The story of California is the story of prospecting: chapter upon chapter of hopeful searching by relocated souls. All that changes is the object of the search, be it gold, real estate or a role in the Hollywood myth-making machine. This is another chapter in the story.
Ron Vaughn is a prospector. One bright, clear and cool Saturday morning in December, he pulls out of his driveway in Corona, 50 miles east of Los Angeles, in his pickup, whose odometer is clicking toward 60,000 miles after only 20 months. He's a scout for the Oakland Athletics, assigned to L.A., Orange, Riverside, San Bernardino and San Diego counties. He is headed to Cypress to watch high school kids play. He's panning for gold with a clipboard, a radar gun and a seat cushion.
"Ninety percent you can eliminate even before they warm up," Vaughn says when he gets to the field. "Just look at their bodies. A kid should have some strength and size." He scans the metal bleachers and recognizes three other scouts among the two dozen or so spectators. "It's always the same guys," he says. "A lot of scouts, this time of year, they shut it down. They figure they can see a guy in the spring. I enjoy baseball. I'm 50 years old. I'd like to still be doing this when I'm 80. My goal is to still be working in baseball when I kick the bucket."
Says Rod Dedeaux, the longtime USC baseball coach who retired in 1986, "If you look at some of the great baseball scouts, you see they are humble people who have such a love for the game. They're Baseball Joes. Ron is a credit to the game. He really loves it. He's a Baseball Joe."
A skyscraper has rivets. Baseball has scouts: unseen, underappreciated but fundamental to the strength of the game. Good thing that rivets don't fail as often. Scouting has an 83% failure rate; that's the estimated percentage of drafted players who never make it to the big leagues. The ragged game at Cypress shows why. Vaughn is watching 16-year-old kids who have never taken razors to their chins and trying to determine whether eight years from now they'll recognize and hit big league fastballs that rise and sink, sliders that break fiendishly late and curveballs that start out headed right for the medulla oblongata. No other sport requires its talent pickers to forecast as far ahead as Nostradamus.
Among scouts Vaughn has become a legend, all because of an evaluation he made 16 years ago as an assistant coach to Dedeaux. Vaughn hit the mother lode. At the conclusion of the 1982 college season he decided that an 18-year-old freshman pitcher, a baby-faced righthander who had batted .200 that year, should go to the Alaska summer league and devote all his attention to hitting. Vaughn prophesied that the future of Mark McGwire, a good pitching prospect, would be even brighter if he were converted to a hitter. With that assessment and his mentoring of McGwire that summer as an assistant coach for the Anchorage Glacier Pilots, Vaughn launched the career of the most prolific single-season home run hitter.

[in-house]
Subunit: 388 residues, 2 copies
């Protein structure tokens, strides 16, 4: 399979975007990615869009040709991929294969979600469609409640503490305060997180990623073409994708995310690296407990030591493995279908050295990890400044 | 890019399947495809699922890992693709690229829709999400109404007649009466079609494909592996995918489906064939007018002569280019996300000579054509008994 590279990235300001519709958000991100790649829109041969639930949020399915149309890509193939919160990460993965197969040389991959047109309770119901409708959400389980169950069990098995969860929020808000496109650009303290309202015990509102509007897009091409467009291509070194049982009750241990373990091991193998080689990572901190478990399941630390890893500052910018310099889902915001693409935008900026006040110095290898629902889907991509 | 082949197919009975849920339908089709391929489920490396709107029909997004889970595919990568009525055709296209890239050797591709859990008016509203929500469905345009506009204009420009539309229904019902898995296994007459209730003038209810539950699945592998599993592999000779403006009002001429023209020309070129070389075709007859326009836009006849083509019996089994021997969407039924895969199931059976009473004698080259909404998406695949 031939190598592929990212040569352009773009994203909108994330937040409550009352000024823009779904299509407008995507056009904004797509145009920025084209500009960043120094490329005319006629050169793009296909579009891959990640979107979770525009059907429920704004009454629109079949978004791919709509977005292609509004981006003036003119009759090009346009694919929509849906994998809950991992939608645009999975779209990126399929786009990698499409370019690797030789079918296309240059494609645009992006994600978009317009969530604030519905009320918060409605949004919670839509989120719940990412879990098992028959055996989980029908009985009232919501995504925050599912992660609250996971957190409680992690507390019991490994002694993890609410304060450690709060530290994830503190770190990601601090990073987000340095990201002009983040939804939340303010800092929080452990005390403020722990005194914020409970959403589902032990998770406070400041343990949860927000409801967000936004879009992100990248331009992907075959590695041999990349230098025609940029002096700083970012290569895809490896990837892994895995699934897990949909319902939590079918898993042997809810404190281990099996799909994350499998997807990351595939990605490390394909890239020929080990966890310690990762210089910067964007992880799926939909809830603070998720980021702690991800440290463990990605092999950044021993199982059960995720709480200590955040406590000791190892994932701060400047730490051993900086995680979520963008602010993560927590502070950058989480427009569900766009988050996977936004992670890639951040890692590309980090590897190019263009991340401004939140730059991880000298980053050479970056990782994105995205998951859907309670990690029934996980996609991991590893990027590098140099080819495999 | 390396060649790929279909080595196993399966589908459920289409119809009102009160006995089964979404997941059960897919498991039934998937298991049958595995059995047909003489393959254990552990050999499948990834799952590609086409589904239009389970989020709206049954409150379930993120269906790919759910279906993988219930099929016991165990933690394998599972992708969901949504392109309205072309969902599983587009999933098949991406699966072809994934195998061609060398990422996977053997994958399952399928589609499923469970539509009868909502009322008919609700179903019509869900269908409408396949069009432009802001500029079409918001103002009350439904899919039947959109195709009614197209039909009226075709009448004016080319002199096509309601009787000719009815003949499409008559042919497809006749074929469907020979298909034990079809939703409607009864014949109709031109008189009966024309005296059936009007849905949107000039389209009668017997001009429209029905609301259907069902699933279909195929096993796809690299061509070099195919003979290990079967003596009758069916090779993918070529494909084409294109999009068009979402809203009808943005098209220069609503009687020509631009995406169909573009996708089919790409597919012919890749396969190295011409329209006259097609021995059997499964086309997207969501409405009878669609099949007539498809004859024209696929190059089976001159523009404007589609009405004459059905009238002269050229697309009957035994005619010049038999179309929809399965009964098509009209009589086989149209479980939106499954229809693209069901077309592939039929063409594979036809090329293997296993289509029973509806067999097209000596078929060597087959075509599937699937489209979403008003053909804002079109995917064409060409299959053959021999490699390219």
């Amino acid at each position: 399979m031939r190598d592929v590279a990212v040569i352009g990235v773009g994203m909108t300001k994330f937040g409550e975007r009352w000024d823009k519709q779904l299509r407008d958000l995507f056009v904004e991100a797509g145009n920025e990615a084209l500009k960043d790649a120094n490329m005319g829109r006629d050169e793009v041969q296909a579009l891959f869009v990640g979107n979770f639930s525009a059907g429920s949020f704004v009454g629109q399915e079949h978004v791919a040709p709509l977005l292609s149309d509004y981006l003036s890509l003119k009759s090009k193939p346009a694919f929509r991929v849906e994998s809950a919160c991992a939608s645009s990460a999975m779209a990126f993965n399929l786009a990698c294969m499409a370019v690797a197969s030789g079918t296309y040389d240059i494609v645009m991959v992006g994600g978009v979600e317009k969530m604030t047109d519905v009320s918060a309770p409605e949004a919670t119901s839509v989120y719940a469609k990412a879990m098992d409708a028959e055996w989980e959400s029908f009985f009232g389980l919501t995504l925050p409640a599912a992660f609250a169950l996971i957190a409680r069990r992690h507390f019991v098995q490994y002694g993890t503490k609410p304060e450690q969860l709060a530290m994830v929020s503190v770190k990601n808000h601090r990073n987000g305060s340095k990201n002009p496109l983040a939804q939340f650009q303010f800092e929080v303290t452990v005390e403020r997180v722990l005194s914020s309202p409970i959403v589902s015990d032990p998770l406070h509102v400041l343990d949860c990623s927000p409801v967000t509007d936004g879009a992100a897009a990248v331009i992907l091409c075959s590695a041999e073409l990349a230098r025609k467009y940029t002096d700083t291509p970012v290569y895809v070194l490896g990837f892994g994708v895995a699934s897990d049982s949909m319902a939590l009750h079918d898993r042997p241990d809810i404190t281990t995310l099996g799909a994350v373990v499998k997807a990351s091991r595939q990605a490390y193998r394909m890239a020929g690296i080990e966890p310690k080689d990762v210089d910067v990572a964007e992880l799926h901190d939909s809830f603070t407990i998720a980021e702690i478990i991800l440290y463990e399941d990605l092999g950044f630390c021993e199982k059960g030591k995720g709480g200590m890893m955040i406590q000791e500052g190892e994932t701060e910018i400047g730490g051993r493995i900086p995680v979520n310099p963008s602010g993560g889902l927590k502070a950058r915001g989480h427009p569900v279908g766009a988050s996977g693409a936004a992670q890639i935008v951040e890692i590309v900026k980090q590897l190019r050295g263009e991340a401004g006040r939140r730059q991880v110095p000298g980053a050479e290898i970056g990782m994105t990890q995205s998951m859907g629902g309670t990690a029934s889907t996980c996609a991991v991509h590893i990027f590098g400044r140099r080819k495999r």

"I can guarantee you that if Mark had stayed a pitcher, he wouldn't have had anything close to the success he's had," says San Diego State baseball coach Jim Dietz, who was skipper of the Glacier Pilots during the summer of 1982. "He'd probably be out of baseball right now. Because he had someone like Ron who championed him early on, Mark was really blessed."
For getting McGwire to dedicate himself full time to hitting and for tutoring him privately for years afterward, Vaughn gained nothing besides respect in the off-the-radar world of scouts. He didn't get rich, and he certainly didn't get famous. He did, however, get something else for going to Alaska and turning McGwire into a hitter. He got fired. He became an Unemployed Joe.
"I have no doubt Ron lost his job at USC because of me," McGwire says.
Ron Vaughn never had a Ron Vaughn. He grew up in Chanute, Kans., during the 1950s and early '60s, not a major league team within 150 miles. He came to love baseball by listening to Jack Buck and Harry Caray call St. Louis Cardinals games. Before his father would get home from his job as an auto mechanic, Ron would sit close to an old wooden console radio and warm himself in damn near the same way other people wanned themselves before fireplaces. Stan Musial always looked immaculate and heroic on the radio. Ron was 14 the day he heard that Stan the Man had retired. He cried over the news. Even to this day Vaughn—who, if he were any more reserved, would need to be hooked up to jumper cables—gets teary-eyed just thinking about Musial.